1.       Independently arising function employing different schemas: examples catalogued in this category support the unguided view

2.       Design-reuse function employing comparable schemas: examples catalogued in this category support the guided view

A conclusion drawn from the results would be inductive. If one category received far more examples cataloged than the other, one could reasonably assume the associated view was the better explanation. The terms used in this test are as follows:

1.       Complex Function: biological systems requiring input and producing beneficial output for the survival of the organism. Optimal candidates would be more complex than mere building blocks (e.g. individual proteins) and less so than large-scale systems (e.g. an eye)

2.       Difference in Complex Function: a methodology would have to be developed to quantify function so they could be compared and identified as “minimally different.” For example, comparing the human eye with the eye of an eagle would show sufficiently large differences in function (size, acuity, articulation, spectral response, etc.) to rule out as functions with minimal difference.

3.       Schema: this refers to the information originating a function (e.g. sequence of genetic information)

4.       Difference in Schema: difference in the information originating a function. Here again, a methodology would have to be developed to quantify this.

5.       Common Ancestor: for the sake of this analysis; this would be the current scientific genealogy of organisms employing functions under test. In other words, one would suspend any sort of spontaneous creation assumption and instead assume something akin to the neo-Darwinian account.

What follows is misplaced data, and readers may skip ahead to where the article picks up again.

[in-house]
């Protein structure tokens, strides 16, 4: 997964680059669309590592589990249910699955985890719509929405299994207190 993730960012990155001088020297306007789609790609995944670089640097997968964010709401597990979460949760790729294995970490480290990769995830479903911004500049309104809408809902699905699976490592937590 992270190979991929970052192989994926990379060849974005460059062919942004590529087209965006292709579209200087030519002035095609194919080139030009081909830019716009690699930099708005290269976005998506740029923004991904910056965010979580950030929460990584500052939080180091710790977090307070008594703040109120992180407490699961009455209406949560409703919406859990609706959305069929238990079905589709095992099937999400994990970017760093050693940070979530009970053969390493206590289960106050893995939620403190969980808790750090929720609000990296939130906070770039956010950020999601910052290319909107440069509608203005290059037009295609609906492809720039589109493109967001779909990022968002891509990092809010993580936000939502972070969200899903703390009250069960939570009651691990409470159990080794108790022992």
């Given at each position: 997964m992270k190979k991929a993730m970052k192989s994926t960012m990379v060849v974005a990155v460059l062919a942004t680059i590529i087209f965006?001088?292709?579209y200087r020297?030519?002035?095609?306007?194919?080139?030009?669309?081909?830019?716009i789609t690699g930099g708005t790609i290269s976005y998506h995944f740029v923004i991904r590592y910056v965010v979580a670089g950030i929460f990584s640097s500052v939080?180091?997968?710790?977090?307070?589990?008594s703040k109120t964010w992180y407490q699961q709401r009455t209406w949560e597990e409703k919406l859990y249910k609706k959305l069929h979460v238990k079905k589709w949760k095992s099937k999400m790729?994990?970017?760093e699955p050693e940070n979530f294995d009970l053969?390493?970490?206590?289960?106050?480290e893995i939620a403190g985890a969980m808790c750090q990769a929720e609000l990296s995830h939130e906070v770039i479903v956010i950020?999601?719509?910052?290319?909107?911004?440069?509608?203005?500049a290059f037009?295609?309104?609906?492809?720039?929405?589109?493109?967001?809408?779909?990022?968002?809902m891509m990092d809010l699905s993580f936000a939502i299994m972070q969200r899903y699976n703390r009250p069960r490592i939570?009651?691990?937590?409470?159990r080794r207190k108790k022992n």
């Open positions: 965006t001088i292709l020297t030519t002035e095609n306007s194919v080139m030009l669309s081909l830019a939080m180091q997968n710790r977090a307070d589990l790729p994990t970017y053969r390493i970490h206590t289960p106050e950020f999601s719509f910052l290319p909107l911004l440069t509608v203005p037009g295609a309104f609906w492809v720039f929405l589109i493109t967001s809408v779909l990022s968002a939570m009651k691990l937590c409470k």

Cases catalogued here would support the unguided view. The assumption: Unguided mechanisms should lead to the origination of novel schemas for minimally-different complex function. Since natural selection is blind to engineering best-practices, one should expect to find random mutation producing varying results for minimally-different complex functions. Now, some may argue there are yet-to-be discovered affinities and constraints within the material universe limiting the gambit of possible schemas. Two things can be said here:

1.       These affinities and constraints have not been discovered and one should not appeal to future scientific discovery.

2.       If found, the metaphysical implication smacks of purpose (telos), and would likely harmonize better with a guided view anyway 

 

Cases catalogued here would support the guided view. The assumption: Guided mechanisms should lead to the reuse of novel schemas for minimally-different complex function. From the perspective of the proponent of the guided view: The lack of schema reuse in comparable function ought to indicate poor design skill or showiness on the account of a designer. Of course the Designer reserves the right to be showy! But, it seems reasonable to grant the unguided view the benefit of the doubt here. Furthermore, it seems highly unlikely, random mutation should lead to the same or very similar complex schema in independently arising function. Natural Selection cares nothing about schema, only function.

Of course as I noted, a test like this would not be definitive but could be part of a cumulative case for a particular view. And, having very little expertise in this field I cannot tell you if this test has been tried and if so, what the results might be. I hope someone out there reading this might shed some light.

 

About the author

I am a Christian, husband, father of two daughters, an owner of ISC, lead architect of MapDotNet, armchair apologist and philosopher, writer of hand-crafted electronic music, and a kid around anything that flies (rockets, planes, copters, boomerangs, hot air baloons, lawn furniture)

On Facebook
On GoodReads